A new surveillance system created by the Centers for Disease Control and Prevention finds that select counties in Connecticut have the highest hospitalization rate for coronavirus disease among jurisdictions in 14 states under review.
In most instances, the hospitalization rate in Connecticut was higher than the comparable rates in select counties in peer states, including New York and California. Connecticut’s rate was approximately 15 per 100,000 people, while New York was approximately eight and California slightly higher than two. Only counties in Michigan came close to Connecticut, with a hospitalization rate of approximately 12 per 100,000 people. Counties in Ohio, meanwhile, had about one.
The results were released Wednesday (April 8) as part of the CDC’s COVID-19 Associated Hospitalization Surveillance Network (COVID-NET). It is the first publication of COVID-NET data and other reports analyzing the same 14 jurisdictions are expected at regular intervals. The 14 jurisdictions represent about 10 percent of the U.S. population.
The Emerging Infections Program (EIP) at Yale School of Public Health worked closely with the Connecticut Department of Public Health and the CDC to gather the results for Connecticut.
“Geographically, we’re right between New York City and Boston, which are both active potential sources of COVID infections,” said Kimberly Yousey-Hindes, M.P.H., an epidemiologist at EIP, and Professor Linda Niccolai, PhD., study co-authors who oversee the data collection in Connecticut. “Connecticut also moved quickly to make COVID-19 a reportable condition so information is flowing from the hospitals to public health about these cases and has been since February.”
The CDC will use the data to better understand the most severe cases (those that are hospitalized) of COVID-19 on a national basis. In addition to hospitalization rates, the surveillance also collected data through medical record review on symptoms, risk factors, coinfections, diagnoses, treatment and outcomes, Yousey-Hindes said.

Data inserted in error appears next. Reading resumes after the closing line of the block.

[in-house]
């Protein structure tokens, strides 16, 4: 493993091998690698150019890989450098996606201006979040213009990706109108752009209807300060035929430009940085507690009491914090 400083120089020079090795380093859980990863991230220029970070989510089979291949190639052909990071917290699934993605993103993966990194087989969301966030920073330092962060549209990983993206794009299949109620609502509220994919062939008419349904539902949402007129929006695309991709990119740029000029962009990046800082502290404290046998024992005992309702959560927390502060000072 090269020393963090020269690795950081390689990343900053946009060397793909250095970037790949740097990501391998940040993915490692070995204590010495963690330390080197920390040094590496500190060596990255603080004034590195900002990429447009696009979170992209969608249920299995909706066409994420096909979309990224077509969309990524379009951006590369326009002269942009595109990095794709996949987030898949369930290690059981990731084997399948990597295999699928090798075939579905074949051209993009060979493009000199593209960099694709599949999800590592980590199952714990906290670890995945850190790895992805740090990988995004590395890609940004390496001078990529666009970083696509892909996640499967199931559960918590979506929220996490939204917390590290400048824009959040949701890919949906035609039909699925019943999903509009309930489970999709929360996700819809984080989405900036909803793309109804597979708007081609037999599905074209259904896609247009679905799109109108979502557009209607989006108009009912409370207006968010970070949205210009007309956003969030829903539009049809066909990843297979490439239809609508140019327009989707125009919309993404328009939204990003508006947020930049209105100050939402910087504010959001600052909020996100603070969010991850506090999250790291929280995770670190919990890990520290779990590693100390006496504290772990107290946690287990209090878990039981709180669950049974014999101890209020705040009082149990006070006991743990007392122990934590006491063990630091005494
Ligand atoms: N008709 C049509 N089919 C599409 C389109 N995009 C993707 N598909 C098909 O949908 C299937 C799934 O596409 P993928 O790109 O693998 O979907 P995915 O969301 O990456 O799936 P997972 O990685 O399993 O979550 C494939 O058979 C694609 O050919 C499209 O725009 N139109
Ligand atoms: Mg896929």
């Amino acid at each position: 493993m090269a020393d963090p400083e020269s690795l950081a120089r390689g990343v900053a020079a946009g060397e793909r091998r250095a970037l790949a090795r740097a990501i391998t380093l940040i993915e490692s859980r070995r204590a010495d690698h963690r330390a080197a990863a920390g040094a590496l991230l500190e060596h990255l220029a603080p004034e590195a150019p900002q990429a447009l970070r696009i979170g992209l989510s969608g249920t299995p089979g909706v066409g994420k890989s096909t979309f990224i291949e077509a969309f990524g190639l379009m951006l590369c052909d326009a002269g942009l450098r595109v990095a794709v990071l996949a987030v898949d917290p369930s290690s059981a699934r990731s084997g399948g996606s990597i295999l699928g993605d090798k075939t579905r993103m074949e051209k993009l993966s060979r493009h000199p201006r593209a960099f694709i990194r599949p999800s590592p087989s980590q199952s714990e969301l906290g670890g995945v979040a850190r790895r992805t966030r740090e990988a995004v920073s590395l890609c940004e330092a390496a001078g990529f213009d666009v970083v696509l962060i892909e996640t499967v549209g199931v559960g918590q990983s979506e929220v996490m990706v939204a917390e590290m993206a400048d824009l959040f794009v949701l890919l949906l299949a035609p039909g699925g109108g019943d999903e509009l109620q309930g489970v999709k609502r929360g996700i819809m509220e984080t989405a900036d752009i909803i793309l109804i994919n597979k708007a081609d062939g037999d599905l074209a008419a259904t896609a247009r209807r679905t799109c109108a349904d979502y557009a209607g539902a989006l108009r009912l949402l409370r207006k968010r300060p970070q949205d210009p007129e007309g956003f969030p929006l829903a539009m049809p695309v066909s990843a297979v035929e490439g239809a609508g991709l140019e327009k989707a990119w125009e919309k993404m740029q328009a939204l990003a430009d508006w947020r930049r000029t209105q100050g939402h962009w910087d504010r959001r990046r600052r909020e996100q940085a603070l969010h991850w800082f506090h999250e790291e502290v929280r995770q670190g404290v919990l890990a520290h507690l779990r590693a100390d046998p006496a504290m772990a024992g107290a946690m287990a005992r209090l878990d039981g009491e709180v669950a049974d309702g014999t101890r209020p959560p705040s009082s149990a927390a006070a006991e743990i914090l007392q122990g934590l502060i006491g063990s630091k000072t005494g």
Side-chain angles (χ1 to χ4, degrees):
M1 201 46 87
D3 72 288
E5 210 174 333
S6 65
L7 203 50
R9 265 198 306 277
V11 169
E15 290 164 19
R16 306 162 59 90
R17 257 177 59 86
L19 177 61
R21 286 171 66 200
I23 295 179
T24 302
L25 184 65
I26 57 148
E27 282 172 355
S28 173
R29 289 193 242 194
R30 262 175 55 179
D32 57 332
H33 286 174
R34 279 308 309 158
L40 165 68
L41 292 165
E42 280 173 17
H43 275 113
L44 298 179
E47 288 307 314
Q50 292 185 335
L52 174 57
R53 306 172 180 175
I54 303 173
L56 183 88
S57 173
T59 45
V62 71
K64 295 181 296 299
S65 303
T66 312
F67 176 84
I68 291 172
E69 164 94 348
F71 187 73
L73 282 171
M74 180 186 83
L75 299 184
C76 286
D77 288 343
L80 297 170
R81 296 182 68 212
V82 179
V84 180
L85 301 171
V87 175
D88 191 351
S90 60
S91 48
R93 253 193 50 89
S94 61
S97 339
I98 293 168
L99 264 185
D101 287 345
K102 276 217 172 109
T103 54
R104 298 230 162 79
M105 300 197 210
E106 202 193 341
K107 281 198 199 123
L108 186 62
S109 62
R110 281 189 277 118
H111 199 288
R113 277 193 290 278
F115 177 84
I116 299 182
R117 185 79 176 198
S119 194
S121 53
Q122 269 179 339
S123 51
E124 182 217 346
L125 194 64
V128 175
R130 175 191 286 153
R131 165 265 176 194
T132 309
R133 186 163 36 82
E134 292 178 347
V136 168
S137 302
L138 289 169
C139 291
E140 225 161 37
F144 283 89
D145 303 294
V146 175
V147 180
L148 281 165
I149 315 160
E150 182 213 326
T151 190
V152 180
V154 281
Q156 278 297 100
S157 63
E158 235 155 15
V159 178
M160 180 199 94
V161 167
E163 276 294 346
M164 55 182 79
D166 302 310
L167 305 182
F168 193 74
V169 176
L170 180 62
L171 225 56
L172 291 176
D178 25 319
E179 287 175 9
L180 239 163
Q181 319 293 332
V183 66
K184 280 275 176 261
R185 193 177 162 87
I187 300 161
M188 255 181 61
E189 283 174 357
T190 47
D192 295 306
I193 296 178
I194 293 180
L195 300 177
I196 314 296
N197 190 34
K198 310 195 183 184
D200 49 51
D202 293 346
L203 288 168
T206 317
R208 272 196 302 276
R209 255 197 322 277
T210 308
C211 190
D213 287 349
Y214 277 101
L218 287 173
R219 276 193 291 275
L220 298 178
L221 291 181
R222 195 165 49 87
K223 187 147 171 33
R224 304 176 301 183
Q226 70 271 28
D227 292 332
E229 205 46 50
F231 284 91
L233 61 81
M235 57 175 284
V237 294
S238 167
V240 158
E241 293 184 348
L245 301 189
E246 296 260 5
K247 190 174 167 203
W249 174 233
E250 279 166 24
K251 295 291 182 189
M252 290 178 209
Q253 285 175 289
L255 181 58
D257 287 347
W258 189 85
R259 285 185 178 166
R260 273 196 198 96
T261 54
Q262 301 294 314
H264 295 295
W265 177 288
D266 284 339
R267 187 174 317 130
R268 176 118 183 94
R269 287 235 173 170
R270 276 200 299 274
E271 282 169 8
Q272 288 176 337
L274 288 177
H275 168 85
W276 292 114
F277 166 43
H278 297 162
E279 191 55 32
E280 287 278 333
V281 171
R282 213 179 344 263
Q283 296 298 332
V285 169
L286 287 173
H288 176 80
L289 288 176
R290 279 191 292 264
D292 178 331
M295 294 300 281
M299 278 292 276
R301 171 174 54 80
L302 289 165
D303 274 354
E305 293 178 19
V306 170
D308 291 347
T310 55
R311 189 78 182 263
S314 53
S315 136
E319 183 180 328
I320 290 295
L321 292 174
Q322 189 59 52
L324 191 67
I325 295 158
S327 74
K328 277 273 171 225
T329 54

This information will shed light on a number of pressing questions about the pandemic, including which subgroups of people are having the worst outcomes, what treatment regimens are being used in hospitals and whether patients are having better outcomes on some medications than others, she said.
The COVID-NET surveillance also gathered data on the ages of those hospitalized. Very few people under 17 years old were hospitalized. The numbers increased sharply starting at age 50 and people 85 and older had the highest hospitalization rates.
“Fortunately, we were able to mount this new surveillance effort in near real-time because of the existing infrastructure that the CT EIP has built over the past 25 years as a CDC-funded program and the ready availability of outstanding staff,” Niccolai and Yousey-Hindes said.
The EIP at the Yale School of Public Health was created in 1995 and works closely with the CDC and the Connecticut Department of Public Health to gather data on a wide variety of health threats, including food-borne illnesses, tick-related diseases, healthcare-associated infections and human papillomavirus, among others.